crown without pulp therapy:
Figure 9.
There is a buccal sinus
associated with this
maxillary first primary
molar (64).
Figure 10.
This mandibular first
primary molar (84)
has inter-radicular
pathology, indicative
of a dental abscess.
Figure 11.
This maxillary second
primary molar (55) has
an extensive mesioocclusal cavity, that has
been painful, keeping
the child awake at
night. This is indicative
of an irreversible pulpitis, or even an abscess
Figure 12.
Here, a mandibular
first primary molar
(84) which has given
occasional pain, but
is currently symptomless, is found to have
mobility. This, with the
DO cavity and history, indicates a dental
Figure 13.
This mandibular first
primary molar ( 84) has
a large disto-occusal
cavity cavity. Although
symptomless, and
with no inter-radicular
pathology visible,
there is no clear band
of normal dentine
between the caries and
the pulp chamber. The
pulp is almost certainly
non-viable, and the
tooth should have pulp
therapy if a crown is to
be placed.
The Hall Technique Guide
Edition 3: 11.11.10
Figure 14.
This maxillary first
primary molar (54) has
a large multisurface
cavity, with clinical
exposure of a non-vital
pulp chamber. Even in
the absence of symptoms, this tooth should
be extracted.
Figure 15.
This mandibular
second primary
molar (75) has a large
occluso-lingual cavity
which clearly involves
the pulp chamber.
Even in the absence
of symptoms, the
tooth should either be
managed with pulp
therapy or extraction.
When can Hall crowns be a suitable
management option for carious primary
Figure 16.
This maxillary first
primary molar (64) has
a pulp polyp. The pulp,
although exposed, is
vital. In the absence of
symptoms, and clinical
and radiographic signs,
of sepsis, it would not
be unreasonable to
simply monitor the
Figure 17.
However, although this
mandibular second
primary molar (75) has
a similar pulp polyp
associated with the mesial root, there is clearly
a sinus associated with
a non-vital distal root,
and the tooth should be
managed by extraction.
This mandibular first primary molar (74) is appropriate for a Hall crown. The
moderate distal lesion has been diagnosed reasonably early, by appropriate
use of radiographs. The radiograph shows a band of sound dentine between
the lesion and pulp, and no intra-radicular pathology.
Clinicians should continue to monitor all primary molars managed with Hall
crowns for signs or symptoms of pulpal disease at every recall visit, just as they
should for all carious primary teeth managed with conventional restorations.
Here, the disadvantages of the aesthetics and the temporary bite opening
will generally be counter balanced by the effectiveness of the restoration,
for which there is a good evidence base.
Figure 18.
Mandibular first primary molar, with early
to moderate active caries on distal proximal
surface; asymptomatic,
and with no signs of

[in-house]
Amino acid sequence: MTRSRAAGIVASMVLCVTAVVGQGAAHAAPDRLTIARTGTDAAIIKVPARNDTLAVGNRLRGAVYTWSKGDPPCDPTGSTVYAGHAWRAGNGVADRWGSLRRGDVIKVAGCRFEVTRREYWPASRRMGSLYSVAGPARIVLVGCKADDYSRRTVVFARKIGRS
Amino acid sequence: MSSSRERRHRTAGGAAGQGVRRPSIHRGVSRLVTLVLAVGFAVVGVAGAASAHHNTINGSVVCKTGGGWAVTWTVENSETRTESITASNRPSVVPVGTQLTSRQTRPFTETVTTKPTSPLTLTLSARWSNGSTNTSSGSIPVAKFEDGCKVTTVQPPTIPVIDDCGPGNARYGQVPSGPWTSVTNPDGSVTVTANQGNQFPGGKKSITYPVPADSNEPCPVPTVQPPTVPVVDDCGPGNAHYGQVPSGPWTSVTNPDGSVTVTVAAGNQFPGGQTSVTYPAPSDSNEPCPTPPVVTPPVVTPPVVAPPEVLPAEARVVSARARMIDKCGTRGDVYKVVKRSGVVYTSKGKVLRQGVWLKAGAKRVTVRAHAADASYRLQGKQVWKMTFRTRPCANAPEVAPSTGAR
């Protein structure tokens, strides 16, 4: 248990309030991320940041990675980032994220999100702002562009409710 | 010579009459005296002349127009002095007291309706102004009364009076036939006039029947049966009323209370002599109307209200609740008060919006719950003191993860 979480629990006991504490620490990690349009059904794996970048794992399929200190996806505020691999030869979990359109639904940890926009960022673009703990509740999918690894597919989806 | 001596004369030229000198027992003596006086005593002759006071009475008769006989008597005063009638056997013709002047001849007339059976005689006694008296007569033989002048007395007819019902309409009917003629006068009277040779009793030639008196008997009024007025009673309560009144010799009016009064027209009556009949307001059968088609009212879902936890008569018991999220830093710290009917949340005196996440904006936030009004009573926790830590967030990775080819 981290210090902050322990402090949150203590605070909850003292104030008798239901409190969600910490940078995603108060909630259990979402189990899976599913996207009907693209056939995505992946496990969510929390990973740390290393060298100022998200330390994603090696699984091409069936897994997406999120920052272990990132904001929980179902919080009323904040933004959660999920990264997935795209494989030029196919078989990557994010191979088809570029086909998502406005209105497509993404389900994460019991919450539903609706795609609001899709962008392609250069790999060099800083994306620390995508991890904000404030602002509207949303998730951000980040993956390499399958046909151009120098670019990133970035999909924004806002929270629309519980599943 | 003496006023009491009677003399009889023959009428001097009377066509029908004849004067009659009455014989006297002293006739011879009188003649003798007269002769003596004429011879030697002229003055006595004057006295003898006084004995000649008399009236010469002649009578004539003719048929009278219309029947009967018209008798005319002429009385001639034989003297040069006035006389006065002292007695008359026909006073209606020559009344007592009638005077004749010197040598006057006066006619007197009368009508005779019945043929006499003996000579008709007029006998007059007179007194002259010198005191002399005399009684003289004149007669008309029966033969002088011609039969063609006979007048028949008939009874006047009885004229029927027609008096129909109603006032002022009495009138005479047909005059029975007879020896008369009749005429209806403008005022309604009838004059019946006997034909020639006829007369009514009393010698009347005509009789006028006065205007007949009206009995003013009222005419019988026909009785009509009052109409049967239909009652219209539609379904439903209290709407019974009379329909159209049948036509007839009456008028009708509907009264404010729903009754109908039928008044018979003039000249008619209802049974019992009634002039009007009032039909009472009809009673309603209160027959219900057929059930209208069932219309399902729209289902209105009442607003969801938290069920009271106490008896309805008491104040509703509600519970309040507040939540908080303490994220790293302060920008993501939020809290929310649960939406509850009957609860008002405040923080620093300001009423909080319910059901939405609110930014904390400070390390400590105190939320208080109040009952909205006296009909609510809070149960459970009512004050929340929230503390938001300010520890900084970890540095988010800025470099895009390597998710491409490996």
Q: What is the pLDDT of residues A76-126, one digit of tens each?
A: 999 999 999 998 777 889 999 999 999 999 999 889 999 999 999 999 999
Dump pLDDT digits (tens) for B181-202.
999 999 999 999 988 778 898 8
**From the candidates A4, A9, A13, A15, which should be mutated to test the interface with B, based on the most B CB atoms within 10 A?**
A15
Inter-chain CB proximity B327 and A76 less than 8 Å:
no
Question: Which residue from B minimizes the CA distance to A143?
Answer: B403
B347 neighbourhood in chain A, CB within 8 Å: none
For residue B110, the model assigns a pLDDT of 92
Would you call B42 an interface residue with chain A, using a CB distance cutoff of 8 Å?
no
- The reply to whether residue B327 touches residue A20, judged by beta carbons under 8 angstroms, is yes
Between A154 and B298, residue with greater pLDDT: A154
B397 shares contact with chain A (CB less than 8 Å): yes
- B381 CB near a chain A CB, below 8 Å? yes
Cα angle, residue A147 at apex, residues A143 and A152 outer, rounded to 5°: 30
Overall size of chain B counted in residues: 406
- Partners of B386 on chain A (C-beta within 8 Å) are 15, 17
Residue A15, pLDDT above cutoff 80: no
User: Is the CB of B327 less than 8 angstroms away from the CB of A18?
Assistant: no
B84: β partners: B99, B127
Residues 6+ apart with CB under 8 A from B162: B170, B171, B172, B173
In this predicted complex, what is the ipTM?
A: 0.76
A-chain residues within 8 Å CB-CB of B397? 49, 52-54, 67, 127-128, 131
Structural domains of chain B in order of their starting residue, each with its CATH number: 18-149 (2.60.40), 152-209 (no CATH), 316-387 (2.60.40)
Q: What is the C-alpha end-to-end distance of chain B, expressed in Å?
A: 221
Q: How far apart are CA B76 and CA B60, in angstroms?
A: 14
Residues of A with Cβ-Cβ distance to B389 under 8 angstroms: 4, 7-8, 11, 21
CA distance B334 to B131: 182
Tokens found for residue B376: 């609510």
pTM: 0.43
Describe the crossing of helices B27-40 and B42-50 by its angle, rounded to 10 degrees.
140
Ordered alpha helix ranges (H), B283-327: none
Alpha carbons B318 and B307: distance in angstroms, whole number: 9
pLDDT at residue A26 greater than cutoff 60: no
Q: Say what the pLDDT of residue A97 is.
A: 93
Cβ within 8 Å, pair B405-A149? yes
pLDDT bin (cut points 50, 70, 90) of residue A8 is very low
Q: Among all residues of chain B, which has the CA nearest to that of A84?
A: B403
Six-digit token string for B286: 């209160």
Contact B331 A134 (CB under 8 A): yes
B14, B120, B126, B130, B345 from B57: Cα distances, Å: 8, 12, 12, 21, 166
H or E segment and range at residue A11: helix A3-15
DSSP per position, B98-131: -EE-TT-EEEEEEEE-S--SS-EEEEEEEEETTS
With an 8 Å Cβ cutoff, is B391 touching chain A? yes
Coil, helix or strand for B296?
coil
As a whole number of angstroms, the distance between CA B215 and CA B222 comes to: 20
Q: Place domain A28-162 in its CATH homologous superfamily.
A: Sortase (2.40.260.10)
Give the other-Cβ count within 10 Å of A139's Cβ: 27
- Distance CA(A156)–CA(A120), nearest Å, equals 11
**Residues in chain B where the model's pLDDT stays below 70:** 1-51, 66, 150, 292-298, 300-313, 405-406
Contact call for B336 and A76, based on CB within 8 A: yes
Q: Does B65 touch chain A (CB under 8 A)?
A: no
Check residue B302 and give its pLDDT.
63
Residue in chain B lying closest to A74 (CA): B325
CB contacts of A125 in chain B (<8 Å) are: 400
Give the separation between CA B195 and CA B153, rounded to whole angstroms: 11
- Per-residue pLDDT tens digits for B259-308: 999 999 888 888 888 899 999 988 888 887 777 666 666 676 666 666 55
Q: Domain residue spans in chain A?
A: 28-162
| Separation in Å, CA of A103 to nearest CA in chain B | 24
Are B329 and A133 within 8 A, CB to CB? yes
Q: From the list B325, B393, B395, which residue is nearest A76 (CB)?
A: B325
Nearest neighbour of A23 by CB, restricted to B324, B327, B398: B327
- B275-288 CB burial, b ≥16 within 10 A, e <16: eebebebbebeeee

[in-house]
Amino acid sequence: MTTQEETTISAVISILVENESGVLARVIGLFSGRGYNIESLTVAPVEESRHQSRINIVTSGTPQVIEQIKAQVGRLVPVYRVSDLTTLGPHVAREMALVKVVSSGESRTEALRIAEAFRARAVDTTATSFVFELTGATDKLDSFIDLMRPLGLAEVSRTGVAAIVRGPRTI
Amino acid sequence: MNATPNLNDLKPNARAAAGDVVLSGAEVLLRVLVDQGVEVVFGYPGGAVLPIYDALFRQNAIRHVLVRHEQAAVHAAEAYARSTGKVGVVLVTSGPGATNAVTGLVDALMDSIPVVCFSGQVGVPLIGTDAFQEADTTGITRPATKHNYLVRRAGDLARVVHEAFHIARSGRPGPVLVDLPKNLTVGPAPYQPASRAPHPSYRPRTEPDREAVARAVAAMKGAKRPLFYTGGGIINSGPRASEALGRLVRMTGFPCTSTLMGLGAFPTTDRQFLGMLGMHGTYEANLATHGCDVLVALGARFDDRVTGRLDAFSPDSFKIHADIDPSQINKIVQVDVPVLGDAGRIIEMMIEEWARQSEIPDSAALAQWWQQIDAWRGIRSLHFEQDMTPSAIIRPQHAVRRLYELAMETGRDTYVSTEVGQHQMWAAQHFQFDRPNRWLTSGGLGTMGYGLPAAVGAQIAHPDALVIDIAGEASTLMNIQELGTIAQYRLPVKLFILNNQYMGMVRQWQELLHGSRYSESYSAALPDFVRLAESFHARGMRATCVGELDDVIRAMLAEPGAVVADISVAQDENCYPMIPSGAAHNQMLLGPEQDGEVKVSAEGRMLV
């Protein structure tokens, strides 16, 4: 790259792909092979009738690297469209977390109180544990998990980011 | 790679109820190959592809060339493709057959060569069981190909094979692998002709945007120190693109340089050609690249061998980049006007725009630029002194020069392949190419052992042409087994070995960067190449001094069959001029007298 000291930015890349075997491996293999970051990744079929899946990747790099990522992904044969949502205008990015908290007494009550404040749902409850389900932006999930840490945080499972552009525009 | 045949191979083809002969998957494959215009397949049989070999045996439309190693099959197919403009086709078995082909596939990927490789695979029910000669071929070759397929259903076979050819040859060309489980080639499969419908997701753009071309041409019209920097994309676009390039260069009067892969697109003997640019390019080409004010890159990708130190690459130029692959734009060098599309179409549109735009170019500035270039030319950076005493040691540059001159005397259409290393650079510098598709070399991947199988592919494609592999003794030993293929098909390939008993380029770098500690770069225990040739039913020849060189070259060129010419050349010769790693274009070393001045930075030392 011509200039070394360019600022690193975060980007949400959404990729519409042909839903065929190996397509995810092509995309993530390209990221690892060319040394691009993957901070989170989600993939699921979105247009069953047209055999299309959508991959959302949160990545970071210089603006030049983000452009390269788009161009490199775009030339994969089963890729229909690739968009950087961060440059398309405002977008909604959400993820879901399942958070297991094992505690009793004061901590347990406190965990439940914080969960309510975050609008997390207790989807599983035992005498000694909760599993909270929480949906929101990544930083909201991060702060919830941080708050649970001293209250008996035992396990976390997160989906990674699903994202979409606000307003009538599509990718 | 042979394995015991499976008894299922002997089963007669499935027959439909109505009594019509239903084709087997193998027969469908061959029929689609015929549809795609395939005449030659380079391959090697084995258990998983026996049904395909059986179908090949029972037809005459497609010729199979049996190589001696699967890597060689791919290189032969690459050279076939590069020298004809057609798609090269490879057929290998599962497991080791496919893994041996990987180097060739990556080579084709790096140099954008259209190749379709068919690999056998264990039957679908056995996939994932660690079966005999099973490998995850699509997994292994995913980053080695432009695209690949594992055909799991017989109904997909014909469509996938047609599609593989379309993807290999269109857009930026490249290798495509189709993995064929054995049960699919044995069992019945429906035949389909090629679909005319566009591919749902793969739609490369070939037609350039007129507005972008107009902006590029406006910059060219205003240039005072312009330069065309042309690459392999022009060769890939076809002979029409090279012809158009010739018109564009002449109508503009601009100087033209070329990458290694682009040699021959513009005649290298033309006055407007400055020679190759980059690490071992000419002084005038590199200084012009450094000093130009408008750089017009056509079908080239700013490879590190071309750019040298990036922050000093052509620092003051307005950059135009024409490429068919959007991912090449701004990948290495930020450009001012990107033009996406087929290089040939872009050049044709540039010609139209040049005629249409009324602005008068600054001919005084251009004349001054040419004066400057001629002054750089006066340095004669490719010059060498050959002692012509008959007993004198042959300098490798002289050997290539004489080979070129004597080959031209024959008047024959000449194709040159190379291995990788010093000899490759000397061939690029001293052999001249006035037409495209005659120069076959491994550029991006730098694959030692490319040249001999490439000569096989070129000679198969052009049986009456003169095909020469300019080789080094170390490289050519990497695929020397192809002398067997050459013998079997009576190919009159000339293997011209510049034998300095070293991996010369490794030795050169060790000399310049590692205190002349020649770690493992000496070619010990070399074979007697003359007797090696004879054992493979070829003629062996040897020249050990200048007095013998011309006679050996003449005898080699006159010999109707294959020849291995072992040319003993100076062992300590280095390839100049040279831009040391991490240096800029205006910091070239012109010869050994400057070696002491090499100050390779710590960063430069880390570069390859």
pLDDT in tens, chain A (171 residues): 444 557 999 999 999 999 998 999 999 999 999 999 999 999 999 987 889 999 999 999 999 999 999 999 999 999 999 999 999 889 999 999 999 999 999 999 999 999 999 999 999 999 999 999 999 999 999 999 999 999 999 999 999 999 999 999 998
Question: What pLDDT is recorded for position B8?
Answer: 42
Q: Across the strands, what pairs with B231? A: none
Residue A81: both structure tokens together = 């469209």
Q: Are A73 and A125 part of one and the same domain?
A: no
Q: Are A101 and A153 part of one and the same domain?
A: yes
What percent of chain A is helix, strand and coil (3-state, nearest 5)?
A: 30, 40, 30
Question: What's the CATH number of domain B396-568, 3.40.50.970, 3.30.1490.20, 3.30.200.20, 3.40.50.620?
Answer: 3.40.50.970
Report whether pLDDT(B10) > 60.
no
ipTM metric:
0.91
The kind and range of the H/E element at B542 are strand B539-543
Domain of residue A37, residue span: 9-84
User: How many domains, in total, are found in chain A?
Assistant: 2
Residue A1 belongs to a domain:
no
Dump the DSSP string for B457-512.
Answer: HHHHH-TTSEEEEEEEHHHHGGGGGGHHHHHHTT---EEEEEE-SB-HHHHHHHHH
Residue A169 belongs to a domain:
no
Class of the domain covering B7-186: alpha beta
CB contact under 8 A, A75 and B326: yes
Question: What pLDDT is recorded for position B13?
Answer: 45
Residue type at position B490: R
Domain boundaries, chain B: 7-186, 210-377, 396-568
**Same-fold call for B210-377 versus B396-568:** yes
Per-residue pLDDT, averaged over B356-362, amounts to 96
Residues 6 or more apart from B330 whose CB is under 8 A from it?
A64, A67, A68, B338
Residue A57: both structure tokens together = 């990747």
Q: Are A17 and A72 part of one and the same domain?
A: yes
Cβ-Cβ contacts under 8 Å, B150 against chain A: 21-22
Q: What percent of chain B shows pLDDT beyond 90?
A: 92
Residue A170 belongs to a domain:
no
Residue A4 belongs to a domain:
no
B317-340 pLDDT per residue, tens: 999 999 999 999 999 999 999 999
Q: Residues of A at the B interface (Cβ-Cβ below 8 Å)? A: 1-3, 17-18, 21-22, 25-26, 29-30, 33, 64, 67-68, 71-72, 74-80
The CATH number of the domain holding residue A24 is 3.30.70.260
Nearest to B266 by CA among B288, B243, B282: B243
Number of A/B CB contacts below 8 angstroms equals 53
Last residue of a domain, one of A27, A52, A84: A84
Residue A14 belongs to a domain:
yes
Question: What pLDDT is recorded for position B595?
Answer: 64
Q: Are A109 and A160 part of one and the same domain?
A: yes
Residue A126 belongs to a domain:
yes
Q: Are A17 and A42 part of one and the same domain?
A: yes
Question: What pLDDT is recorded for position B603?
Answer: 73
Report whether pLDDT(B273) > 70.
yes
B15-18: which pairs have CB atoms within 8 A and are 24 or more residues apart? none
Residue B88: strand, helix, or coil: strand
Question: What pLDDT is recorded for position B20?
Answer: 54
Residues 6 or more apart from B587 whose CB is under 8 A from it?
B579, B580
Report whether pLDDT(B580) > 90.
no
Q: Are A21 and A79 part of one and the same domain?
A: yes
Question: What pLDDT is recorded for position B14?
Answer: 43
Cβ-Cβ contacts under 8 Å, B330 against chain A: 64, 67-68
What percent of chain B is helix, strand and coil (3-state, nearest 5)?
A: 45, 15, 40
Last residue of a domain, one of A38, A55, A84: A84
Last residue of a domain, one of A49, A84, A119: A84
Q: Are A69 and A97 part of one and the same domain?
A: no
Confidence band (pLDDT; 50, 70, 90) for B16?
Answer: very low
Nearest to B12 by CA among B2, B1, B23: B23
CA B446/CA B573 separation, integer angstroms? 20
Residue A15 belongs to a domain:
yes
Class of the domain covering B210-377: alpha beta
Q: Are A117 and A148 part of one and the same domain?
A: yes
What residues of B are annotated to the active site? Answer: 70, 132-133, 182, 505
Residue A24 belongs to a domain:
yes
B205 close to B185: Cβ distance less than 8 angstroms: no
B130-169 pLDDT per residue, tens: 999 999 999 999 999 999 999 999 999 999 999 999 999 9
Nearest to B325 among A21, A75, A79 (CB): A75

pulpal pathology
So, contra indications for fitting Hall crowns include:
Hall crowns can also be suitable for the moderately advanced Class I lesion
where the extent of the cavity would make it difficult to obtain a good seal
with an adhesive restorative material, following partial caries removal.
• Irreversible pulpal involvement (discussed above)
• Insufficient sound tissue left to retain the crown
• Patient co-operation where the clinician cannot be confident that the crown
can be fitted without endangering the patient’s airway
• A patient at risk from bacterial endocarditis. In such situations, the tooth
should be managed with a conventional restoration which would include
complete caries removal
• Parent or child unhappy with aesthetics. This should become apparent
though at the treatment planning stage when treatment options are being
discussed and agreed with the parent and child.
Figure 19.
Moderately advanced
occlusal lesions on a
mandibular second primary molar (85), where
due to the extent of the
cavities, obtaining a
good coronal seal with
a partial caries removal
technique might be
The Hall Technique Guide
Edition 3: 11.11.10
When is there no need to fit Hall crowns?
Figure 20.
Both maxillary and
mandibular first primary molars (54 & 84)
although cavitated, are
clearly going to
be shed soon, so are
unlikely to cause pain
or sepsis before exfoliation.
Figure 22.
The cavitated occlusal lesion on this
mandibular second
primary molar (85)
could be managed with
partial caries removal,
and sealing with an
adhesive restorative
Figure 21.
The mesial cavity
on this mandibular
second primary molar
(75) is accessible, and
can be managed
with partial caries
removal, sealing
the cavity with an
adhesive restorative
material, avoiding both
the aesthetics and bite
propping of a Hall
Figure 23.
This mandibular
second primary
molar (75) has noncavitated occlusal
lesions which could
be managed with a
good quality, well
maintained fissure
Summary of indications and contra-indications for the Hall Technique
Indications and contra-indications for using the Hall Technique for managing
primary molars with carious lesions assessed as at risk of causing pain/ sepsis
before exfoliation
Indications include teeth with:
• Proximal (Class II) lesions, cavitated or non-cavitated
• Occlusal (Class I) lesions, non-cavitated if the patient is unable to accept
a fissure sealant, or conventional restoration
• Occlusal (Class I) lesions, cavitated if the patient is unable to accept partial
caries removal technique, or a conventional restoration
Contra-indications include teeth with: